‘Young people are the backbone of our economy’

Giving back to the community. That’s what Salma El-Fawal at the Dutch embassy in Cairo wants to achieve with her work. As programme manager for development cooperation, she is committed to empowering underprivileged young people and women and improving their work prospects. ‘I want to help improve their quality of life.’

‘Women and young people in Upper Egypt are the ones who inspire me the most. They are the country’s poorest people; their needs are greatest. They have very limited access to education, income and social protection. Yet even though their life is hard, they remain optimistic and resilient. I think everyone can learn from that.’ 

Salma El-Fawal uitgelicht

‘Ever since I was a little girl, I have had a strong sense of justice. I wanted to do something that had a positive impact on Egypt. That’s why I studied globalisation and development in London. After I got my master’s degree I realised how much I wanted to contribute to my community. Back in Egypt I found a job at a UN organisation. There I started to focus on youth empowerment. Finally I could do work that helped other people.’

Real partnership

‘I have been working at the Dutch embassy in Cairo for five years now. I started out as a gender expert, but over the years my range of duties has expanded. I’m currently responsible for overseeing and coordinating the embassy’s development cooperation programmes. The embassy has a strong commitment to gender equality. In Egypt, few women participate in the economy; we are trying to change that with our projects. I’ll never forget the day when one of the women told me how the project had helped her move ahead in life. She won the elections in her union and is now the secretary-general. The local organisations we support always see their collaboration with the embassy as a real partnership.’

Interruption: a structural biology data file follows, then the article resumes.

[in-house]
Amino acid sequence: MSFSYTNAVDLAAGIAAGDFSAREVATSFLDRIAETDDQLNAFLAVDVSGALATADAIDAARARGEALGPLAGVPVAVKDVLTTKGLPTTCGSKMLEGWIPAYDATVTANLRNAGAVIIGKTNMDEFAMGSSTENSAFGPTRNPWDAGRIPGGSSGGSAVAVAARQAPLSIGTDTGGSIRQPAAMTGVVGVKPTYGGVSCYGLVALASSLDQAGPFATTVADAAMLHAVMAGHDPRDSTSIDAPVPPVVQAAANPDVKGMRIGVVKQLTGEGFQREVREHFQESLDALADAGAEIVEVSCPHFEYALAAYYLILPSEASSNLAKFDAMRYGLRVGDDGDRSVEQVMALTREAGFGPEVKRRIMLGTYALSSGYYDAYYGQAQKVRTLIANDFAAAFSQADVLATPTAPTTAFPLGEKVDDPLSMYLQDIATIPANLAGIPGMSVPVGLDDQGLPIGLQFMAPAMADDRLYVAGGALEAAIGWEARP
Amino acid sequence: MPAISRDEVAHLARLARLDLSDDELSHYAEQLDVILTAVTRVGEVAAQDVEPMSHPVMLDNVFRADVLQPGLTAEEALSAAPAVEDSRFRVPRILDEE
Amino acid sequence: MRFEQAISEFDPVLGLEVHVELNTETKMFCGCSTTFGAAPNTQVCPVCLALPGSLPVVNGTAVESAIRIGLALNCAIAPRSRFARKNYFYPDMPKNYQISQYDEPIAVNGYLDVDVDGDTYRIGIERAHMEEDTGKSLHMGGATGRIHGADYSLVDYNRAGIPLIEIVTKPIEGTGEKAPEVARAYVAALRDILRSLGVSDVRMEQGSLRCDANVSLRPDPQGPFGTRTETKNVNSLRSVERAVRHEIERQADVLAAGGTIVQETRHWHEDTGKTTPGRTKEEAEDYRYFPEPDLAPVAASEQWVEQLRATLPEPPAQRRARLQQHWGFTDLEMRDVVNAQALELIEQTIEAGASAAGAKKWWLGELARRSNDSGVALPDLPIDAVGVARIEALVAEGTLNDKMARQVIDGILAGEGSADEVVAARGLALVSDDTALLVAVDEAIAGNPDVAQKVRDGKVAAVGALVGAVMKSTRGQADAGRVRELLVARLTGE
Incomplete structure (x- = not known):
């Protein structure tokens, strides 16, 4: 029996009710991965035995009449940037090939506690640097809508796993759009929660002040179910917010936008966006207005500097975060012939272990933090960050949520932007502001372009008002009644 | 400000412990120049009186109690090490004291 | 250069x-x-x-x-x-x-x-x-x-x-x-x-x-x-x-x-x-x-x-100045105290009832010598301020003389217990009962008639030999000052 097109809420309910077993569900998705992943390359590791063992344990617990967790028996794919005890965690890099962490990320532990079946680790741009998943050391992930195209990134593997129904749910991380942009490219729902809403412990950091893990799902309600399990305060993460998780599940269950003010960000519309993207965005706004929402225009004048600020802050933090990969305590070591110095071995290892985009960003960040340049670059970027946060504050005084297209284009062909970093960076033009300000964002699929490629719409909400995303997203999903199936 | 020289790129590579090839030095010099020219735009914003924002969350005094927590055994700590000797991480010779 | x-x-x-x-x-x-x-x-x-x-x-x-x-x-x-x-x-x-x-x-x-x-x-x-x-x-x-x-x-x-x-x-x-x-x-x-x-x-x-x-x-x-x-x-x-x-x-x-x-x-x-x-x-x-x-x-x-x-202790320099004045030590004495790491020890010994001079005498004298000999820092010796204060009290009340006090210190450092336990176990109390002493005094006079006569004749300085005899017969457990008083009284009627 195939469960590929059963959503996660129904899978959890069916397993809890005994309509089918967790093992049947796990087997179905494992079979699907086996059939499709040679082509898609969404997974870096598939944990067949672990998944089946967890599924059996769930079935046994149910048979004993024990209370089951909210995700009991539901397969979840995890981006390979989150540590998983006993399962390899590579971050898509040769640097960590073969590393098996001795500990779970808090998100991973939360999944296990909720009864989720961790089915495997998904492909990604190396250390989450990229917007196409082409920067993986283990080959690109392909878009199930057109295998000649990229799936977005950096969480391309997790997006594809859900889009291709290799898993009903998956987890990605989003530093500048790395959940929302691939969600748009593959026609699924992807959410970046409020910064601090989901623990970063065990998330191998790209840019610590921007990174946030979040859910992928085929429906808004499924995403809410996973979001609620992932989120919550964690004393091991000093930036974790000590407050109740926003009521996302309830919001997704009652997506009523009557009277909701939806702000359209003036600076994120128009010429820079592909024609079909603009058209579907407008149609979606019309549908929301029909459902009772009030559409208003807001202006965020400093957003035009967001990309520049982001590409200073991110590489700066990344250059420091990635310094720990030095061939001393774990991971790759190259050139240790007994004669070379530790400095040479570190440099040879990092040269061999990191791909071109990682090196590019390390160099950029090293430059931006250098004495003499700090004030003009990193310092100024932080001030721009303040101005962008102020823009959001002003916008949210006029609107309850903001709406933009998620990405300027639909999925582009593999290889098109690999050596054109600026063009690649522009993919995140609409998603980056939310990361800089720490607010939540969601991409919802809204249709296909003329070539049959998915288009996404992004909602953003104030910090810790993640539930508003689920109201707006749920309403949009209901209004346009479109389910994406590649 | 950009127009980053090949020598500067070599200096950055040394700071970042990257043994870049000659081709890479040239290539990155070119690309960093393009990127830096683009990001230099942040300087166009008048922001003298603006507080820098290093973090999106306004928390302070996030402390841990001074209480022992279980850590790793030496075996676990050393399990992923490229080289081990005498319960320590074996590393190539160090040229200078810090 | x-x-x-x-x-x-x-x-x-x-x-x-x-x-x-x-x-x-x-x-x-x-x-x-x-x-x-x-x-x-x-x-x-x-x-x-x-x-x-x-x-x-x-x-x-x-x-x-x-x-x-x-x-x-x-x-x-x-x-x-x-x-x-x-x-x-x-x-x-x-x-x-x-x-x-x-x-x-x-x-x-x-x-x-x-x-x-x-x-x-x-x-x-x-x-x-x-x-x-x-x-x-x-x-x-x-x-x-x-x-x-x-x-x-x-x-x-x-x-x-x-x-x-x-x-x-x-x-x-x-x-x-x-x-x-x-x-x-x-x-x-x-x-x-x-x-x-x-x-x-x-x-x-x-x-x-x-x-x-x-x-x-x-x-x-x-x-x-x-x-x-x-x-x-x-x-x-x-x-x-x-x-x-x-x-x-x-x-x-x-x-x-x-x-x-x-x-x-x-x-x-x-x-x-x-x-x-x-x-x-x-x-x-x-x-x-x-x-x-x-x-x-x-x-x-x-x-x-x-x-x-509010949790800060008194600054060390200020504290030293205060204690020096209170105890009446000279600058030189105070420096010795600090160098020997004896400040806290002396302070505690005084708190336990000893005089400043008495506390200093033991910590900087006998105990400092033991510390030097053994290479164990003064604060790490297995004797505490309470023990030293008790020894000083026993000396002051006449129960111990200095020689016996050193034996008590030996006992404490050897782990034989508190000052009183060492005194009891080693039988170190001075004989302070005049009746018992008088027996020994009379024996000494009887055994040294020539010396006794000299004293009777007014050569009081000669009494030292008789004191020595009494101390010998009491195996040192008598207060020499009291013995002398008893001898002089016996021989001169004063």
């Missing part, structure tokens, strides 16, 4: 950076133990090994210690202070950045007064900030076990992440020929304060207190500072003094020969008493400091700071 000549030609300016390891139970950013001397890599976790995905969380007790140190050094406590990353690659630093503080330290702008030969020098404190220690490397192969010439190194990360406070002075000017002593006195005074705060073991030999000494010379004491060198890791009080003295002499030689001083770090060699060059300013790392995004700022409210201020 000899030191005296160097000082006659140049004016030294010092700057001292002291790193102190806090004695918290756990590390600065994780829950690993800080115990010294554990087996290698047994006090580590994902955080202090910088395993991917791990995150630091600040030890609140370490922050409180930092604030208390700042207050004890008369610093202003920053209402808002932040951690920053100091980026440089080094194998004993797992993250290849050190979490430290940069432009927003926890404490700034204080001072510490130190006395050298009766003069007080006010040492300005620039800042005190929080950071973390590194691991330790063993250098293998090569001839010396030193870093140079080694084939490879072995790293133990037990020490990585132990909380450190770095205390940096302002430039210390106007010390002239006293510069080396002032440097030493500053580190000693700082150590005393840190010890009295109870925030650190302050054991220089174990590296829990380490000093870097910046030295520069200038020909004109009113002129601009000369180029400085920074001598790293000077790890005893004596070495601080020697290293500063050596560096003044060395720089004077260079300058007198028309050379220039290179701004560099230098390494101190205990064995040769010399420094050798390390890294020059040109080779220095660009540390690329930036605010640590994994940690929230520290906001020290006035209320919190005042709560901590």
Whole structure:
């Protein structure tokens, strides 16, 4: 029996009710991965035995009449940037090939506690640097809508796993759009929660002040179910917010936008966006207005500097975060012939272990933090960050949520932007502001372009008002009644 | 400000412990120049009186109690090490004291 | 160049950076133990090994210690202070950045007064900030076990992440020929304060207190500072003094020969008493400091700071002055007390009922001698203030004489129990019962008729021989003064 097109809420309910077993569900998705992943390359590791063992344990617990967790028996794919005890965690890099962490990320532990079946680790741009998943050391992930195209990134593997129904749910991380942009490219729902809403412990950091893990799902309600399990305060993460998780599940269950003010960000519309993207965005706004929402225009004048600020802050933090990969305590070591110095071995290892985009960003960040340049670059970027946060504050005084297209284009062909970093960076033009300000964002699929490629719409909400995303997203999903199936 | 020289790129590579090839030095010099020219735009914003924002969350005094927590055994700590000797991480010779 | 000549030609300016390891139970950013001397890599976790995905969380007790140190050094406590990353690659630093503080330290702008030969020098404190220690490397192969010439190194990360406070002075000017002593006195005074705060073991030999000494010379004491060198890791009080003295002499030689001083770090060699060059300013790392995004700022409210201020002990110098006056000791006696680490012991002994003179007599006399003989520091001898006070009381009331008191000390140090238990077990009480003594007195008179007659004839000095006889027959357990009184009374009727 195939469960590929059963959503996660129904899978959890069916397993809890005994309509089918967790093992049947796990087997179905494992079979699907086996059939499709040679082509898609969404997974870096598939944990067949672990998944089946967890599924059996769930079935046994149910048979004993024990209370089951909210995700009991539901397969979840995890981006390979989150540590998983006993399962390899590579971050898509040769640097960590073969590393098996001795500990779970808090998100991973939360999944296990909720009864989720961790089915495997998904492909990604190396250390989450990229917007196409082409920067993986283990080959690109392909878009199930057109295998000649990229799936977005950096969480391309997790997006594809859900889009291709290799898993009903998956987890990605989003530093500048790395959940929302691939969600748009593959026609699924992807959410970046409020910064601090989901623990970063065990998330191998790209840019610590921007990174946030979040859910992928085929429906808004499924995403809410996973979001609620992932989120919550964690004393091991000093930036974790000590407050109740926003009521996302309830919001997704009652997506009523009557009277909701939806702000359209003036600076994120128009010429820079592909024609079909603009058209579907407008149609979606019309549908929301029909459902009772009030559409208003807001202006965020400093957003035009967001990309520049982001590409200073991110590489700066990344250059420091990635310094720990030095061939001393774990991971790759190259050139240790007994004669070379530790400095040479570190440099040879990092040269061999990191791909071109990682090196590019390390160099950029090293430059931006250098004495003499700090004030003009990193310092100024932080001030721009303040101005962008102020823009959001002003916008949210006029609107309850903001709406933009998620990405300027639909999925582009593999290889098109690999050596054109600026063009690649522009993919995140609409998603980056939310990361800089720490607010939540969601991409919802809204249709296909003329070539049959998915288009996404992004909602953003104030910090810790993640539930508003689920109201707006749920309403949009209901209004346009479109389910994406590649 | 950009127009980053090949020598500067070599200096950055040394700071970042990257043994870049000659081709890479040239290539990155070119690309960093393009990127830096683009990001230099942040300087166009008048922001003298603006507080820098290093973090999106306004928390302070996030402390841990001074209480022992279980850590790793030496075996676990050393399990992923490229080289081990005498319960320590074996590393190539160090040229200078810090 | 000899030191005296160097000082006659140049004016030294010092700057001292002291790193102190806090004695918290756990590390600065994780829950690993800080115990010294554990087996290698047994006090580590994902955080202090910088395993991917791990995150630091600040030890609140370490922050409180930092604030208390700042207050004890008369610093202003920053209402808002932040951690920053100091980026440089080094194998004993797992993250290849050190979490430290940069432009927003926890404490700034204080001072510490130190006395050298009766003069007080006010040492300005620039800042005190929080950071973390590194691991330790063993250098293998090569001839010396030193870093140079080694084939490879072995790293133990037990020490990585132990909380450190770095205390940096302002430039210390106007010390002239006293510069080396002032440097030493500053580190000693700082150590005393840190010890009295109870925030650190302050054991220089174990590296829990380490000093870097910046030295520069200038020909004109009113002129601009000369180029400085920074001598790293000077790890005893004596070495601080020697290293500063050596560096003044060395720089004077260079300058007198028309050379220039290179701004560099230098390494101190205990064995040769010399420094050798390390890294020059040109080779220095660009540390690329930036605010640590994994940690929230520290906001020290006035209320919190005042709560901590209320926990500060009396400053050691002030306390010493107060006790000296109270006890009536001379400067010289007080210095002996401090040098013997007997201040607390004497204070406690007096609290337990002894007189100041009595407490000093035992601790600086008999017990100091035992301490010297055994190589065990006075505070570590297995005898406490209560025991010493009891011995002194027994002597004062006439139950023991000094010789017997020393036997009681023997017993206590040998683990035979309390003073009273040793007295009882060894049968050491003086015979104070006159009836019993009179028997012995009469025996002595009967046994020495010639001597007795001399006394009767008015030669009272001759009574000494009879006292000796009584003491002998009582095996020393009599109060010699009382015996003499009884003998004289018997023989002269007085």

Job opportunities

‘At the embassy we also want to promote education and improve work prospects for young people. Egypt has a very young population and poverty is widespread. With our projects we want to create as many job opportunities as possible so people can play a productive role in the economy. For example, last year we launched an entrepreneurship programme at a public university in Upper Egypt. Most of the students come from small villages and want to make something of themselves.’



‘Recently the embassy, together with our colleagues from the Orange Corners Programme, organized a #StartEGYPTup panel discussion in order to encourage entrepreneurship in Egypt. About 150 people from universities, companies, governmental institutions, UN organisations and NGOs joined our interactive session. With our work we want to inspire young people and women to start careers as entrepreneurs. As we see it, entrepreneurship contributes to inclusive economic growth and financial freedom. With every business venture launched, there is a huge potential for job creation.’

Not only for privileged people

‘There’s still a lot of work to be done. In Egypt we have a vibrant ecosystem, but it’s not inclusive. It only reaches privileged people. This is why I think a lot more needs to be done to engage the private sector, local organisations and government. We have to convince them that they too can benefit from contributing to this cause, while giving back to the community. I would like to reach even wider groups and help improve their quality of life.’  

Salma El-Fawal is programme manager for development cooperation at the Dutch embassy in Cairo, Egypt.